- The UN is sending a fact-finding team to Togo this week to investigate the many allegations of rights violations before and after the rigged elections in the country. Togolese refugees have reported on abductions, disappearances and torture committed by Togo's ill-reputed government security forces.
The UN's High Commissioner for Human Rights, Louise Arbour, on Friday announced she would be sending a fact-finding team to Togo this week to investigate the growing number of reports regarding rights violations committed by the government and the armed forces.
Ms Arbour has appointed human rights expert Doudou Diene to head the mission, which is expected to arrive in Togo today and stay there for two weeks, the Office of the UN High Commissioner for Human Rights (OHCHR) said. In Togo, Mr Diene is to inquire into recent human rights violations in the country, connected to the rigged elections last month.
His team was said to comprise human rights officers and a forensic expert to assess the issues arising from the conduct of the elections, verify reports of alleged violations and compile information on the perpetrators, according to Ms Arbour.
The team further was to hold discussions with officials currently ruling in Togo and representatives of civil society, as well as with those who allege that their rights have been violated and with their witnesses, including refugees in neighbouring Ghana and Benin, OHCHR said. Shortly after returning to Geneva, the team was to report its findings and recommendations to the Ms Arbour.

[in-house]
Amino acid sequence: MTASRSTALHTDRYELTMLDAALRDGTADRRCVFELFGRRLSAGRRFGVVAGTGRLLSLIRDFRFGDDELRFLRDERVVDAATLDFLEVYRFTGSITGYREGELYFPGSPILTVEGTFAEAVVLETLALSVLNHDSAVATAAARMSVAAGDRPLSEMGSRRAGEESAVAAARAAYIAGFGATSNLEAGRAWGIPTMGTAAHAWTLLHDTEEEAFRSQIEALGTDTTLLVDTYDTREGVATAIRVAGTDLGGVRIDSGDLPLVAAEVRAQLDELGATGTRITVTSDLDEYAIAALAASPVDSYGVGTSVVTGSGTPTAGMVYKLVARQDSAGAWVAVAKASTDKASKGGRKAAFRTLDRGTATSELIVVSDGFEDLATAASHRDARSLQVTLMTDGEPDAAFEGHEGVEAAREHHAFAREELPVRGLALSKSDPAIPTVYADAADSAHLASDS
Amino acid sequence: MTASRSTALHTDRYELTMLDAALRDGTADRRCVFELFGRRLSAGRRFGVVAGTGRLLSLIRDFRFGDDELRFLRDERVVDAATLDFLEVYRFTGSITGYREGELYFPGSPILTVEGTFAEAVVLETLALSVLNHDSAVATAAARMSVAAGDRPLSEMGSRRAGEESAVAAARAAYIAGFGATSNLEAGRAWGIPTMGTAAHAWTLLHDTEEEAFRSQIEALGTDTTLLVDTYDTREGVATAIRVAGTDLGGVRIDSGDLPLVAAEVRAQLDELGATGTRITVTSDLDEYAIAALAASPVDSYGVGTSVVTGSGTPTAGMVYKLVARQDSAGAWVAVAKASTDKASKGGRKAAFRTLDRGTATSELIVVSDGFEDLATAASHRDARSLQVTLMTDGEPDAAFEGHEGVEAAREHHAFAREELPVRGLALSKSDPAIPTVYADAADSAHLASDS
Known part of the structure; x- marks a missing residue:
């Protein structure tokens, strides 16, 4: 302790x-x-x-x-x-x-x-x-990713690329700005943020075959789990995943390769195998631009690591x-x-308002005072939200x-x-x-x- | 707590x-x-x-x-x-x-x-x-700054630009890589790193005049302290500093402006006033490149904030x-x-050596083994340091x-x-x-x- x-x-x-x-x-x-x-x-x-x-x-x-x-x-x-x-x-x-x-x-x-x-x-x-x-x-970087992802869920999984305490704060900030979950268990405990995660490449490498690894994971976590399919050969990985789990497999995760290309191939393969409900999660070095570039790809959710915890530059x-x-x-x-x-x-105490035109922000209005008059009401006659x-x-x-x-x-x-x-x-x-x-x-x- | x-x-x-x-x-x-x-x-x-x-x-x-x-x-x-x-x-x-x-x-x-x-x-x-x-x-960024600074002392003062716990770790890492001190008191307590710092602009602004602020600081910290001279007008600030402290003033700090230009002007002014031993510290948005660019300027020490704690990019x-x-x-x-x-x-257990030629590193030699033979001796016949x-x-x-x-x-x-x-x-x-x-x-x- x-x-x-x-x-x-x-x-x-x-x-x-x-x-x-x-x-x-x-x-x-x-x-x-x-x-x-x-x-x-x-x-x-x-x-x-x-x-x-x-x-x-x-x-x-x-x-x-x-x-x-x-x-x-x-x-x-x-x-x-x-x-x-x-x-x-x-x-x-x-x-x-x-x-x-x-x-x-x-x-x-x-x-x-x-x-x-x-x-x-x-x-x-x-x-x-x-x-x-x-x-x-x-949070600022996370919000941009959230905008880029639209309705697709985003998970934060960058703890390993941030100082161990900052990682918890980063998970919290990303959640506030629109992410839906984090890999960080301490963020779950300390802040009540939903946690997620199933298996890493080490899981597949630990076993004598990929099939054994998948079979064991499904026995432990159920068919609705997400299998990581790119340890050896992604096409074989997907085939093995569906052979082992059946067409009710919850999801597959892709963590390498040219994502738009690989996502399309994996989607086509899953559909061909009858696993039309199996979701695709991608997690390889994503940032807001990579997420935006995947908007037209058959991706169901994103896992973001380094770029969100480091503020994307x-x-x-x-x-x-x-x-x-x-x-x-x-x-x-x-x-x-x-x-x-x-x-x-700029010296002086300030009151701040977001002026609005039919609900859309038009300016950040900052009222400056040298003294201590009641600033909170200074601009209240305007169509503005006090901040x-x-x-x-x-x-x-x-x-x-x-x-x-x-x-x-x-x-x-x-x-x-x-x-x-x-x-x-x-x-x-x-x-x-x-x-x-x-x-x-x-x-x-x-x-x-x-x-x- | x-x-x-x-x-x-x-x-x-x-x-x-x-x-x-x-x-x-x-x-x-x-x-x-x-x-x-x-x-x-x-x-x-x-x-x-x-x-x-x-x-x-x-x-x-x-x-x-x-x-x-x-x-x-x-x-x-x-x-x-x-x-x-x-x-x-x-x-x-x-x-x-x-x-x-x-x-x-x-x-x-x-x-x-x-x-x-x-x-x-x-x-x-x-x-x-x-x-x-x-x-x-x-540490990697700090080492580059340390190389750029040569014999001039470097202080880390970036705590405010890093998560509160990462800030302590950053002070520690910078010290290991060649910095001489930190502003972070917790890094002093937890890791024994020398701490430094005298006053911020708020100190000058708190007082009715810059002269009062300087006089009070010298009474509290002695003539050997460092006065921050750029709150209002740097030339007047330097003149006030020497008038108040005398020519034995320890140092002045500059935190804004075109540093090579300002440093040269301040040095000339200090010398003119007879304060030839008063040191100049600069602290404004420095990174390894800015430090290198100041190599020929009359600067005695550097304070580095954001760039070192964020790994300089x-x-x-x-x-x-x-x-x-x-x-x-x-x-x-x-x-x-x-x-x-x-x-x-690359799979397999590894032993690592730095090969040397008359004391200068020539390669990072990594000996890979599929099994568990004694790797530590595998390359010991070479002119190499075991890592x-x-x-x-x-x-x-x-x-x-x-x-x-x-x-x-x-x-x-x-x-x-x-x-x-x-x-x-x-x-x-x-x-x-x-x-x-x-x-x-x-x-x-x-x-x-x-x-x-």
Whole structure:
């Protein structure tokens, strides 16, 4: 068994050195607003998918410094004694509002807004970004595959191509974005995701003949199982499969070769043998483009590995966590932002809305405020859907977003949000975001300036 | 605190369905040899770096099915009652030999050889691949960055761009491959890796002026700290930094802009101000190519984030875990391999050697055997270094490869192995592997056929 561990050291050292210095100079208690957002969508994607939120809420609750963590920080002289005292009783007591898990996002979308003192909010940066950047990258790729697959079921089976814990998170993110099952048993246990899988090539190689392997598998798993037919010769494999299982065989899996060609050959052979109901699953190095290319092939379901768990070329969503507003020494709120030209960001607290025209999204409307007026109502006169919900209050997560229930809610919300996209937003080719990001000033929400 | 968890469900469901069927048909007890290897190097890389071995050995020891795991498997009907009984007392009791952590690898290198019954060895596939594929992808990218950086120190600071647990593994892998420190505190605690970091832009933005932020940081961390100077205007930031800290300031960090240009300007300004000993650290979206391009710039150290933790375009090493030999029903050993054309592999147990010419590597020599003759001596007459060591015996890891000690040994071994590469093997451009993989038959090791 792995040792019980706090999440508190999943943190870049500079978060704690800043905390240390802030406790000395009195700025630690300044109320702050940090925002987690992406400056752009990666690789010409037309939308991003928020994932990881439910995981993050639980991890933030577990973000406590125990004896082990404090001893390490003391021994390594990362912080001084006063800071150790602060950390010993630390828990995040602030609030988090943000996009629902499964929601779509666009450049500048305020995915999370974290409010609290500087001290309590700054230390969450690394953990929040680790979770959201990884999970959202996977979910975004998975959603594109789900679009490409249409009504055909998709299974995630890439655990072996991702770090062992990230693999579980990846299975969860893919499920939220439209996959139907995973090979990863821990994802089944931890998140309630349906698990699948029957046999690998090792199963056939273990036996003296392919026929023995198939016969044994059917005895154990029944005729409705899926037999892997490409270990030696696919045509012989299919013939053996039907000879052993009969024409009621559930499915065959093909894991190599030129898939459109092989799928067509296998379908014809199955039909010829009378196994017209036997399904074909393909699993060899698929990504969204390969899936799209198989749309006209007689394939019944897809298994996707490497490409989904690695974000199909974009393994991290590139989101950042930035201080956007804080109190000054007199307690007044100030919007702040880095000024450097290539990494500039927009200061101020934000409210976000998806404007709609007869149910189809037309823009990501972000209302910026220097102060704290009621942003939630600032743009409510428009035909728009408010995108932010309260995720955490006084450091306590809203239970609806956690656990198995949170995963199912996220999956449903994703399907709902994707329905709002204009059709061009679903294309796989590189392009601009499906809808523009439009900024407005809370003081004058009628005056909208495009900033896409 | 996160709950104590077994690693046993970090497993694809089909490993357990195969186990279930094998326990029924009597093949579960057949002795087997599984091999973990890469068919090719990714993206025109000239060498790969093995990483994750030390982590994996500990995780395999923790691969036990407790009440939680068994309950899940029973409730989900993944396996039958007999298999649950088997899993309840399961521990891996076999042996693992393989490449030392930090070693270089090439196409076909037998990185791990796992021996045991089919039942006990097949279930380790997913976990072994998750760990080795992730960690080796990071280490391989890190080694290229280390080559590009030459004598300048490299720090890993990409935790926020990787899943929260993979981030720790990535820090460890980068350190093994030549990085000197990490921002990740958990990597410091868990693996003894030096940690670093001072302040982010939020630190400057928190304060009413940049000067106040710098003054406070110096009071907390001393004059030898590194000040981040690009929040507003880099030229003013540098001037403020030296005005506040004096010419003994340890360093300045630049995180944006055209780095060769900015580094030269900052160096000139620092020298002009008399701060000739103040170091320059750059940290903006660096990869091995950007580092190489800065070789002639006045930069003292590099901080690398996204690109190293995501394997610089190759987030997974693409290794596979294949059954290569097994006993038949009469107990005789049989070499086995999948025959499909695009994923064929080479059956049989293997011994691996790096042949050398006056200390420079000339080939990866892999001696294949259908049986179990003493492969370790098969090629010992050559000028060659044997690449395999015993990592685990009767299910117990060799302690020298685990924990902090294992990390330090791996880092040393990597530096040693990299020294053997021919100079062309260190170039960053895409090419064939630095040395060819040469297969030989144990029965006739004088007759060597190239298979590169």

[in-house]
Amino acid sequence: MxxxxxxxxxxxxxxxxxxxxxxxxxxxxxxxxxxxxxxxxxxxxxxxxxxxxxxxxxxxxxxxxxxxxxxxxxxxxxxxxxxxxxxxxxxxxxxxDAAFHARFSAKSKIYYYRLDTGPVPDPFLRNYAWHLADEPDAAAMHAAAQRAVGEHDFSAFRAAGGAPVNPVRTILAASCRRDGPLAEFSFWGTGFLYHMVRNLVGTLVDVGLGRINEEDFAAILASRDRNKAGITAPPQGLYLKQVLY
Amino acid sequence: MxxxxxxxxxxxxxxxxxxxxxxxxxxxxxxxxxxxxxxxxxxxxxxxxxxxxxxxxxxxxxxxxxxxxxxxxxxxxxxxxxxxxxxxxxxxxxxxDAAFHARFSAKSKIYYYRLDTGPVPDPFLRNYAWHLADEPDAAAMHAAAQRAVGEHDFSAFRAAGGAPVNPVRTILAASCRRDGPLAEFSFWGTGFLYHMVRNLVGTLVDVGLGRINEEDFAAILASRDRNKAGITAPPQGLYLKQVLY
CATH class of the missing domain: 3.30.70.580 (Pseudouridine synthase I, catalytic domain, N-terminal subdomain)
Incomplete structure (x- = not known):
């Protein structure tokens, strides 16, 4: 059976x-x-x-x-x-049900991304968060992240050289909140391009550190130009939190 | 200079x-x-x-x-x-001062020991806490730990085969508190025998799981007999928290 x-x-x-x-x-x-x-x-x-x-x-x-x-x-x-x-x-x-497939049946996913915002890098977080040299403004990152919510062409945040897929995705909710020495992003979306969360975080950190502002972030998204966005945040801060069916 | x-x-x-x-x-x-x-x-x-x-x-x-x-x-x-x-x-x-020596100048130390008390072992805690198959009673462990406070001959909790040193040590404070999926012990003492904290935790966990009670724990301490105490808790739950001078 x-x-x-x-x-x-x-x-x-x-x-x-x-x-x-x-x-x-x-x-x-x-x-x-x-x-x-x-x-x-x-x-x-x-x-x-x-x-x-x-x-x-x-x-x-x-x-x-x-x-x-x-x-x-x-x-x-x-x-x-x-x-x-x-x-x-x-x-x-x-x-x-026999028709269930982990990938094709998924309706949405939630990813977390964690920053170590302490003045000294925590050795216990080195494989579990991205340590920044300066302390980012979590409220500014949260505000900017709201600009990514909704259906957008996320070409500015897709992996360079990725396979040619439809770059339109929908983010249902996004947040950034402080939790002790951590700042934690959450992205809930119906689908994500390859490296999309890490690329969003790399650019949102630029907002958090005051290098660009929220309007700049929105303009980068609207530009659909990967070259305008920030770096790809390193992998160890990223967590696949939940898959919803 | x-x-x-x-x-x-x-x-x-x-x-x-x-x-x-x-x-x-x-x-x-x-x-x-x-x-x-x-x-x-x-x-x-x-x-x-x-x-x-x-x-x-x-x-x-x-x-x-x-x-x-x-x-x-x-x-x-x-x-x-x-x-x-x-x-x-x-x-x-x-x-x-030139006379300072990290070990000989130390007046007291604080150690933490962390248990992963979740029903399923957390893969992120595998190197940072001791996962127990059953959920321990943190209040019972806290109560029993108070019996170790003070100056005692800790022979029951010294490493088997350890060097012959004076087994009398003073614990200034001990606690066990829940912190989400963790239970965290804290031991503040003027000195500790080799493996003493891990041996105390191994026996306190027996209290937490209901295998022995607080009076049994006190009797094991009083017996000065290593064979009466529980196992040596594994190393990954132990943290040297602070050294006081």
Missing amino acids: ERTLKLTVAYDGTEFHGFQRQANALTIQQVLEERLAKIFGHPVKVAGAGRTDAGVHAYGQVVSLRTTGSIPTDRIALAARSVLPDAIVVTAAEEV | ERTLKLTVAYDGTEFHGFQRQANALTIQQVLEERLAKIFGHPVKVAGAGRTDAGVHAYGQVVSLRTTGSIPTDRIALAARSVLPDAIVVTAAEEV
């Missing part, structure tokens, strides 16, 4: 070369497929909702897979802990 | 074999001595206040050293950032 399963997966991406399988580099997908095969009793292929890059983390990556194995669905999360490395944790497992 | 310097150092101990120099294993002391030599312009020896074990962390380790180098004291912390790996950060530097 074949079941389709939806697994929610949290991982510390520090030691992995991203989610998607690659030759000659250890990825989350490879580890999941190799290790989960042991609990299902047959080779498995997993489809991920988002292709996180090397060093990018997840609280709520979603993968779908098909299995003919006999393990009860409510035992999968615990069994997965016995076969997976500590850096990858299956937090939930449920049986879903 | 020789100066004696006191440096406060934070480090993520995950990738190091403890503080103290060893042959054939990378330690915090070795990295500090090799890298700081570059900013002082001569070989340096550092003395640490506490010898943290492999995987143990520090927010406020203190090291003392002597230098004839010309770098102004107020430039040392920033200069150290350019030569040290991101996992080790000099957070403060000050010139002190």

Meanwhile, UN refugee agency UNHCR reports that the number of refugees fleeing to Benin from Togo continues to rise, with the latest wave describing abductions, disappearances and security force crackdowns in the areas where voters are suspected of having favoured the opposition in the elections.
There are rising fears that the "disappeared" have been massacred by Togolese security forces, as has happened during several election campaign in the country's recent history. Grass-root opposition activists have in particular been targeted and many claim to have been beaten and tortured. The number of "disappeared" among the opposition is rising each day.
Neighbouring Benin is now hosting 21,641 Togolese refugees, according to UNHCR's latest update. This brings the total in Benin and Ghana to 36,809, compared to 35,743 last Friday, UNHCR said. Most of the new arrivals in Benin were politically active young men. The number in Ghana had remained at 15,168 for the last two weeks, the UN agency adds.
Most refugees are living with friends and families and UNHCR said it has been trucking plastic sheeting and other-non-food items for a further 2,500 people and delivered another 2,000 mosquito nets. Some 8,000 refugees are in the Come and Agame/Lokossa camps, the agency reports.
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